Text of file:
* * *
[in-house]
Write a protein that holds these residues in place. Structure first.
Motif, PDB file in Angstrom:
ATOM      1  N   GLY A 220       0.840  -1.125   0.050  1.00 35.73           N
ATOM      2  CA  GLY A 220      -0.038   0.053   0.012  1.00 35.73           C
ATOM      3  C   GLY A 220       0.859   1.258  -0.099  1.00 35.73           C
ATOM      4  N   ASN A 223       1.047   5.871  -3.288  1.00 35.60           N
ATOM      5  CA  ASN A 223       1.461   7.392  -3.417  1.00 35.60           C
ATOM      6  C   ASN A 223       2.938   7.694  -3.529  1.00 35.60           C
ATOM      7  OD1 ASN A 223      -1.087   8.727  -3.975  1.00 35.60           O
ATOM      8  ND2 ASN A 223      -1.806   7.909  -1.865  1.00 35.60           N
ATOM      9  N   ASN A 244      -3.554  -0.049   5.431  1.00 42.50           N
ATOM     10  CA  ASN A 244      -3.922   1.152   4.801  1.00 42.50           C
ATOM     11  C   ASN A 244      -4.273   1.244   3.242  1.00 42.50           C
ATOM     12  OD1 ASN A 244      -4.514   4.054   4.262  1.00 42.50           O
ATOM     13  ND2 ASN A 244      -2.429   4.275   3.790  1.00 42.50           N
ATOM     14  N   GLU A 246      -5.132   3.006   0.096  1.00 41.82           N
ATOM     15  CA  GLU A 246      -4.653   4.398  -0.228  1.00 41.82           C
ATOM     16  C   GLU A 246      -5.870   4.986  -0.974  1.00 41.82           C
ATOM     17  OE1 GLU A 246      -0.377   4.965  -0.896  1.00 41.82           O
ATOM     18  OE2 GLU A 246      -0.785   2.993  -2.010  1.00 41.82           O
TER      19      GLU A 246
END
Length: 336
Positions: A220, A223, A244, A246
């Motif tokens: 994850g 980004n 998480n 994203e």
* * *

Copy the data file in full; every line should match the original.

[in-house]
Write a protein that holds these residues in place. Structure first.
Motif, PDB file in Angstrom:
ATOM      1  N   GLY A 220       0.840  -1.125   0.050  1.00 35.73           N
ATOM      2  CA  GLY A 220      -0.038   0.053   0.012  1.00 35.73           C
ATOM      3  C   GLY A 220       0.859   1.258  -0.099  1.00 35.73           C
ATOM      4  N   ASN A 223       1.047   5.871  -3.288  1.00 35.60           N
ATOM      5  CA  ASN A 223       1.461   7.392  -3.417  1.00 35.60           C
ATOM      6  C   ASN A 223       2.938   7.694  -3.529  1.00 35.60           C
ATOM      7  OD1 ASN A 223      -1.087   8.727  -3.975  1.00 35.60           O
ATOM      8  ND2 ASN A 223      -1.806   7.909  -1.865  1.00 35.60           N
ATOM      9  N   ASN A 244      -3.554  -0.049   5.431  1.00 42.50           N
ATOM     10  CA  ASN A 244      -3.922   1.152   4.801  1.00 42.50           C
ATOM     11  C   ASN A 244      -4.273   1.244   3.242  1.00 42.50           C
ATOM     12  OD1 ASN A 244      -4.514   4.054   4.262  1.00 42.50           O
ATOM     13  ND2 ASN A 244      -2.429   4.275   3.790  1.00 42.50           N
ATOM     14  N   GLU A 246      -5.132   3.006   0.096  1.00 41.82           N
ATOM     15  CA  GLU A 246      -4.653   4.398  -0.228  1.00 41.82           C
ATOM     16  C   GLU A 246      -5.870   4.986  -0.974  1.00 41.82           C
ATOM     17  OE1 GLU A 246      -0.377   4.965  -0.896  1.00 41.82           O
ATOM     18  OE2 GLU A 246      -0.785   2.993  -2.010  1.00 41.82           O
TER      19      GLU A 246
END
Length: 336
Positions: A220, A223, A244, A246
């Motif tokens: 994850g 980004n 998480n 994203e």